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Brussels Attacks Belgium falls silent one year after tragedy

Wednesday's ceremonies focus on bringing Belgian society together, from royalty to schoolchildren, and from people of all faiths.

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A woman places a bunch of flowers during a memorial at Brussels' international airport in Zaventem play

A woman places a bunch of flowers during a memorial at Brussels' international airport in Zaventem

(AFP)

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Belgium observed a moment of silence on Wednesday to mark the first anniversary of the Islamic State bombings in Brussels, beginning a day of emotional ceremonies designed to show that the heart of Europe stands defiant.

A sombre King Philippe and Queen Mathilde, along with Belgian Prime Minister Charles Michel and other ministers, lined up quietly at 7:58 am (0658 GMT) outside the renovated Zaventem Airport to mark the exact time when two suicide bombers killed 16 people and wounded many more at the site.

During the airport ceremony, a woman clutched white roses as Eddy Van Calster, the brother of airport check-in agent Fabienne Van Steenkiste, who was killed in the attack, played a rock ballad in tribute.

As hundreds of people including victims' family members and rescue workers looked on, an airport official read out all of the names of all of the victims. "March 22 2016, will forever be in our hearts...we stand here united," the official said.

The royals will lead a second moment of silence at 9:11 am at Maalbeek subway station to mark the moment a third suicide bomber killed another 16 people on a crowded train.

More than 320 people were wounded in both attacks.

In act of defiance and solidarity, the event at Maalbeek is due to be followed by applause and a "minute of noise" as trains, trams and buses come to a halt in memory of the victims of the country's worst ever terror attacks.

The king and queen will inaugurate a new steel memorial at the heart of the European Union institutions based in Brussels.

A year on, Belgium remains on high alert with troops patrolling the streets and warnings of fresh risks from Islamic State jihadists returning home from Iraq and Syria.

Investigators say the blasts were carried out by a network that was also behind the November 2015 Paris attacks, in which 130 people were killed, and acted on orders from the IS high command.

Ibrahim El Bakraoui and Najim Laachraoui struck at the airport while Bakraoui's brother exploded his bomb at the metro station.

While tightly guarded, Wednesday's ceremonies focus on bringing Belgian society together, from royalty to schoolchildren, and from people of all faiths.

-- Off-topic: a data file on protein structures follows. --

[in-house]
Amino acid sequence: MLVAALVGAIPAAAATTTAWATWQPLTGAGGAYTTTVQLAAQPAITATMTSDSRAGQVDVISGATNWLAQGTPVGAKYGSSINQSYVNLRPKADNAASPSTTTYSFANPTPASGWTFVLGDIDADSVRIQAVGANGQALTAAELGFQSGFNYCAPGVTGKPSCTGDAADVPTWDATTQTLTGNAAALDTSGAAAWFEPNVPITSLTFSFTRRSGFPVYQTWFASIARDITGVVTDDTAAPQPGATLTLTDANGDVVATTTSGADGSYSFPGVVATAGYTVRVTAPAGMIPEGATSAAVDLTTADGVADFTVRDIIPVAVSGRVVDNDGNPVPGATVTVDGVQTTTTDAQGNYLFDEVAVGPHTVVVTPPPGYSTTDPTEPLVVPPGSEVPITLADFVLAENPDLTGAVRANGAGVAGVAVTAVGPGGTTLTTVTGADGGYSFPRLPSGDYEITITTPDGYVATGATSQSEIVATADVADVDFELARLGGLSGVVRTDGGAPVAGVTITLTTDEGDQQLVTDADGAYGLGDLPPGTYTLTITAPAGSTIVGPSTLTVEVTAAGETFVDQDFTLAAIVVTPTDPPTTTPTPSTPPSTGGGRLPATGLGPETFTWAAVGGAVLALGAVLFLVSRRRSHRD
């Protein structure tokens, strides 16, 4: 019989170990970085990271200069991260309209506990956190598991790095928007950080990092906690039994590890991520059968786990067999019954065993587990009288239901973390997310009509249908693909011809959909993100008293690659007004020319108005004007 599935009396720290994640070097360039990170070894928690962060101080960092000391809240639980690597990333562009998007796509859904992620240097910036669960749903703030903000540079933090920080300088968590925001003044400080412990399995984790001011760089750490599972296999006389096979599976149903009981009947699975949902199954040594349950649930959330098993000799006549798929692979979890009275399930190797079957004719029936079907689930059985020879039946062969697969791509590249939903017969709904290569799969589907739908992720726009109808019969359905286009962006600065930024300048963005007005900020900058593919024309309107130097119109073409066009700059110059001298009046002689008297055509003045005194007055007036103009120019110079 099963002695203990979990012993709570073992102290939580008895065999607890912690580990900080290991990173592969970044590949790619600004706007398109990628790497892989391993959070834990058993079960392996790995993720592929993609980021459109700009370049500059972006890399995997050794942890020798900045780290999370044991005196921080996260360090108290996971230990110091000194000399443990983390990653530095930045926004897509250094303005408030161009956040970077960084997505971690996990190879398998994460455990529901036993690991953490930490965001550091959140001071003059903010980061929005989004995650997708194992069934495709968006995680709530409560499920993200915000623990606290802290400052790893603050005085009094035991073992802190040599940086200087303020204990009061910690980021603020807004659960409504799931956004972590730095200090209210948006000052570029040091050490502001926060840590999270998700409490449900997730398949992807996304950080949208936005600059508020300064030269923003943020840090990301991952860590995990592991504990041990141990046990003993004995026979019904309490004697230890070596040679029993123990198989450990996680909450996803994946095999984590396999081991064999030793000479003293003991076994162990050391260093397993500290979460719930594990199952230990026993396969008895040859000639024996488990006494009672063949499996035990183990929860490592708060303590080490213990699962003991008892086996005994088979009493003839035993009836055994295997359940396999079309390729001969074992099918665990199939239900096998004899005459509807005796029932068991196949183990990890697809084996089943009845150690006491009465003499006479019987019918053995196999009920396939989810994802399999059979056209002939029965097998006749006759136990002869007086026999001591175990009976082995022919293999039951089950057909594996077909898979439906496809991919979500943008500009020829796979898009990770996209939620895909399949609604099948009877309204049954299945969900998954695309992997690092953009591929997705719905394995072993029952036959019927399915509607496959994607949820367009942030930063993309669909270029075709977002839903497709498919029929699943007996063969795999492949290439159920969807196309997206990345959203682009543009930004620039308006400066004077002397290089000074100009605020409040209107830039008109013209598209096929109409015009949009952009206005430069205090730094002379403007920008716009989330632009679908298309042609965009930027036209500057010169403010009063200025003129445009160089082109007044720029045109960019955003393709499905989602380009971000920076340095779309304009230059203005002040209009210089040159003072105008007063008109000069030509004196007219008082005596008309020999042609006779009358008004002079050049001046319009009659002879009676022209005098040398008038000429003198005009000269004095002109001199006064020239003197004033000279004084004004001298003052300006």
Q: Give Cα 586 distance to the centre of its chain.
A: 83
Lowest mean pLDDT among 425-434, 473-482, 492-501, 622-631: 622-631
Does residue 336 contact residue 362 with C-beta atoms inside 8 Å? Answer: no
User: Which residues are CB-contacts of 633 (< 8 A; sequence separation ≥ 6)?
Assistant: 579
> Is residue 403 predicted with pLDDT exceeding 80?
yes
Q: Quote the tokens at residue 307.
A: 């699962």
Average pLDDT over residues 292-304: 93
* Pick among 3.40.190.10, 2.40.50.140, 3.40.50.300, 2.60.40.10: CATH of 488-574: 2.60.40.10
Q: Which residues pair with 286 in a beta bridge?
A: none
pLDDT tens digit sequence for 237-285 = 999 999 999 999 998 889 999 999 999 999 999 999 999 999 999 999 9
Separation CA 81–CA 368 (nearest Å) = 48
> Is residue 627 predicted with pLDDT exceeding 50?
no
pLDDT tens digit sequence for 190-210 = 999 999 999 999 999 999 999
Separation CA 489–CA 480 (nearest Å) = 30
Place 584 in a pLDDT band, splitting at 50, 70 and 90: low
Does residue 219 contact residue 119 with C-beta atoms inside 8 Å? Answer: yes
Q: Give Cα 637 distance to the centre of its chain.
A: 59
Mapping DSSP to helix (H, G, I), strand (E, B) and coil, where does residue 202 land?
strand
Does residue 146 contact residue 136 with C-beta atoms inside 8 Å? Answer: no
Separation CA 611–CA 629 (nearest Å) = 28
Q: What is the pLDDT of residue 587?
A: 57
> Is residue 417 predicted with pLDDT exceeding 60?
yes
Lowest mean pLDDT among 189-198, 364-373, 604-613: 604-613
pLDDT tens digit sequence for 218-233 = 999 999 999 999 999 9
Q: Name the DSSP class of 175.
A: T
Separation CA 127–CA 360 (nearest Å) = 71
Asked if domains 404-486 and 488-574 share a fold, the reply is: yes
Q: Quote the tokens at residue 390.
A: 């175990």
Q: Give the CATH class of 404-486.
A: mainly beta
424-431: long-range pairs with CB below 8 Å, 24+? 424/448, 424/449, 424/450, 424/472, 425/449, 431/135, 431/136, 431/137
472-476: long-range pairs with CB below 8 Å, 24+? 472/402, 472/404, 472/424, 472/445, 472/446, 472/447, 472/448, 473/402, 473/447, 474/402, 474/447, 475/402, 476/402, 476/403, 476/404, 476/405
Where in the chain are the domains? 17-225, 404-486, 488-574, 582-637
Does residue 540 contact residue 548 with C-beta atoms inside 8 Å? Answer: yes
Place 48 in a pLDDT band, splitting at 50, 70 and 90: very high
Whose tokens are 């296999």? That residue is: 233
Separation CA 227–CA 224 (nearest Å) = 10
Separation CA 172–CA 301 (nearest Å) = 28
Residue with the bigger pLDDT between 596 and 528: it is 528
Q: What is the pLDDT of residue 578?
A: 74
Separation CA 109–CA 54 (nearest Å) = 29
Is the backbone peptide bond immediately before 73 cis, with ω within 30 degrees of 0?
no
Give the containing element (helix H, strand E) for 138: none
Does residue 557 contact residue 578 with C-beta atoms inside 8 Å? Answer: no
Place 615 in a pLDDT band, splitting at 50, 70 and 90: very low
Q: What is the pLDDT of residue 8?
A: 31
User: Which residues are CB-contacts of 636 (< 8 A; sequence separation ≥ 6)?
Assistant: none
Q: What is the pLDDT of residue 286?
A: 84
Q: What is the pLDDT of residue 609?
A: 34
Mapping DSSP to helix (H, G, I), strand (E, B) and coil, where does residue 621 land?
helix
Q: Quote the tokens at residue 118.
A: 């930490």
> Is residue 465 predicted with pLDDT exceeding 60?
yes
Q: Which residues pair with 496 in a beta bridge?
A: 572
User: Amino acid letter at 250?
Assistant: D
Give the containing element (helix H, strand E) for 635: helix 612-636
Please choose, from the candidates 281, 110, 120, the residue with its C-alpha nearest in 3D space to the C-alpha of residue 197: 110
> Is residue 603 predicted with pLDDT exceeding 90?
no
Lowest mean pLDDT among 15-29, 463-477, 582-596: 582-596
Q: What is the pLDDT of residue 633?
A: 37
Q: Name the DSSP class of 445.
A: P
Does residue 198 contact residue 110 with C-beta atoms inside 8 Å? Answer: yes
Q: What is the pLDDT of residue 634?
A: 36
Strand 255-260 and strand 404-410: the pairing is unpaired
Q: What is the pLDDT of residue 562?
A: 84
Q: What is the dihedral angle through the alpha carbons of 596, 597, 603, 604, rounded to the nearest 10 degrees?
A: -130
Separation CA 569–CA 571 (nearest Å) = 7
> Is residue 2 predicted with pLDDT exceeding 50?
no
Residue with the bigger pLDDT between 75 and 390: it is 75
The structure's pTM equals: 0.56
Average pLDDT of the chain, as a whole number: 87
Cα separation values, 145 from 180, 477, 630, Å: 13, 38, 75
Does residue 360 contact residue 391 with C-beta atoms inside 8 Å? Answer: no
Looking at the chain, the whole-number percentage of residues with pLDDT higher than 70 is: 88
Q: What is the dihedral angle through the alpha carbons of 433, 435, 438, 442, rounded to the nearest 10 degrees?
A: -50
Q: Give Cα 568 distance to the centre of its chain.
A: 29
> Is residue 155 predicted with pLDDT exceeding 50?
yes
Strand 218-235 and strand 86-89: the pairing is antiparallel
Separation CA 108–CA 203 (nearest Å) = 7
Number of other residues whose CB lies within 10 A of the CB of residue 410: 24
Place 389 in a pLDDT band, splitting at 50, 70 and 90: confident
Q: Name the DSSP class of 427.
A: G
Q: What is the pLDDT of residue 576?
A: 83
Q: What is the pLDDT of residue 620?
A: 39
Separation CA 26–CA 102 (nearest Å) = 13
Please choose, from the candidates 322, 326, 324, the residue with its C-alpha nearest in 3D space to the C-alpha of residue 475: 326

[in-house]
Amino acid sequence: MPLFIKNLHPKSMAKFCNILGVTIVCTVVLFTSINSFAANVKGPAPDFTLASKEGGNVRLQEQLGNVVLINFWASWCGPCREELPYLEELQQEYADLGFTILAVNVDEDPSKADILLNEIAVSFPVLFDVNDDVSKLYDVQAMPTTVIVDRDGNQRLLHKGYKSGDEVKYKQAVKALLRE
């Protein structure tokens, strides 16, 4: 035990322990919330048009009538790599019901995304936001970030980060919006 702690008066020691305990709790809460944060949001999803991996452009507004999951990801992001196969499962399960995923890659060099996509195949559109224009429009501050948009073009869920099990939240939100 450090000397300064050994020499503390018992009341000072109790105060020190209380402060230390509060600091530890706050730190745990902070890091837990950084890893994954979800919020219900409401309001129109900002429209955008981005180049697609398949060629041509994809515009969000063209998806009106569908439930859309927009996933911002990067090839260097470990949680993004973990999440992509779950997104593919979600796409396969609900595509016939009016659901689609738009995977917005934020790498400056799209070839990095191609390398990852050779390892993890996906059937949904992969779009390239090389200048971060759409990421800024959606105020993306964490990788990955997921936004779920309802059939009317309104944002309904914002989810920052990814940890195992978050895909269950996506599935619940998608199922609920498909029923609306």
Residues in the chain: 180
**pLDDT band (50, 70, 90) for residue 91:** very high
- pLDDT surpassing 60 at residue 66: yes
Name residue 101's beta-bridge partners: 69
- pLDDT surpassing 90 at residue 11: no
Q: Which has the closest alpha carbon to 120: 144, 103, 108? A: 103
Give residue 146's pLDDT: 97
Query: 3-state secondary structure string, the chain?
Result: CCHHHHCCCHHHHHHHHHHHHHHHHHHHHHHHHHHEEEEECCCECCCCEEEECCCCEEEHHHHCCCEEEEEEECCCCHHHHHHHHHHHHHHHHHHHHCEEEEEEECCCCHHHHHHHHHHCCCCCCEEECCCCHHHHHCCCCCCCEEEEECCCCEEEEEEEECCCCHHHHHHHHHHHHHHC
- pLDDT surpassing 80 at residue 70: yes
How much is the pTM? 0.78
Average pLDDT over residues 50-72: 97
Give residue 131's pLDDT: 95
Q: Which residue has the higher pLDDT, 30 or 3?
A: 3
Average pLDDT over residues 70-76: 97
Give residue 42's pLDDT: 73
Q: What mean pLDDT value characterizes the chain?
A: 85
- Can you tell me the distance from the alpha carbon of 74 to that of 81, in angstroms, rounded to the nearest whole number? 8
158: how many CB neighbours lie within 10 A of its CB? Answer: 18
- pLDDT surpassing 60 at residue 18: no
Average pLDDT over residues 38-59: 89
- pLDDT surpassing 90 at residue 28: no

"Today we remember the victims of the attacks. We all remain united," Michel tweeted.

During the "minute of noise", commuters will be invited to take part "to show that they do not forget but they will stay standing against hate and terror", said the Brussels public transport company Stib.

'Resistance and dignity'

Later, children from schools in Molenbeek, the largely Muslim area where many of the attackers hailed from, will meet victims of the attacks in a show of solidarity.

Three marches by Brussels residents will then meet at the Place de La Bourse which was transformed into an impromptu, flower-strewn memorial after the attacks last year.

Finally Brussels' most famous landmark -- the Manneken Pis statue of a little boy -- will be dressed up in a fireman's outfit to hail the efforts of rescue services.

"Over the years Manneken Pis has been stolen, dismounted and broken into pieces. But he is still there and is for us a witness of resistance and dignity," said Tanguy du Bus de Warnaffe, the head of the Brussels fire service.

Belgium marks the first anniversary of the Islamic State bombings in Brussels, one at the airport and the other in the metro, in which 32 people were killed and more than 320 wounded with ceremonies showing that the heart of Europe stands defiant play

Belgium marks the first anniversary of the Islamic State bombings in Brussels, one at the airport and the other in the metro, in which 32 people were killed and more than 320 wounded with ceremonies showing that the heart of Europe stands defiant

(BELGA/AFP)

The shock of the attacks was compounded by accusations afterwards that Belgium had become a "failed state" which was unable to track down the cell behind the Brussels bombings and also the Paris attacks in which 130 people died.

Victims and their families have also complained about the difficulties of getting compensation from Belgian authorities.

Questions abounded about whether deep divisions between Belgium's French and Flemish speaking communities had allowed growing radicalism to slip under the radar.

Fugitive Paris attacker Salah Abdeslam was shot and arrested in a police raid in Molenbeek on March 18, 2016, raising speculation about how he had managed to return to Belgium and remain undetected for nearly four months.

His arrest apparently panicked the rest of the cell into changing their plans and, instead of carrying out a new attack on France, they targeted the airport and metro in Brussels just four days later, investigators say.

A third airport attacker whose device failed to go off, Mohamed Abrini, was arrested in Brussels nearly a month after the attacks.

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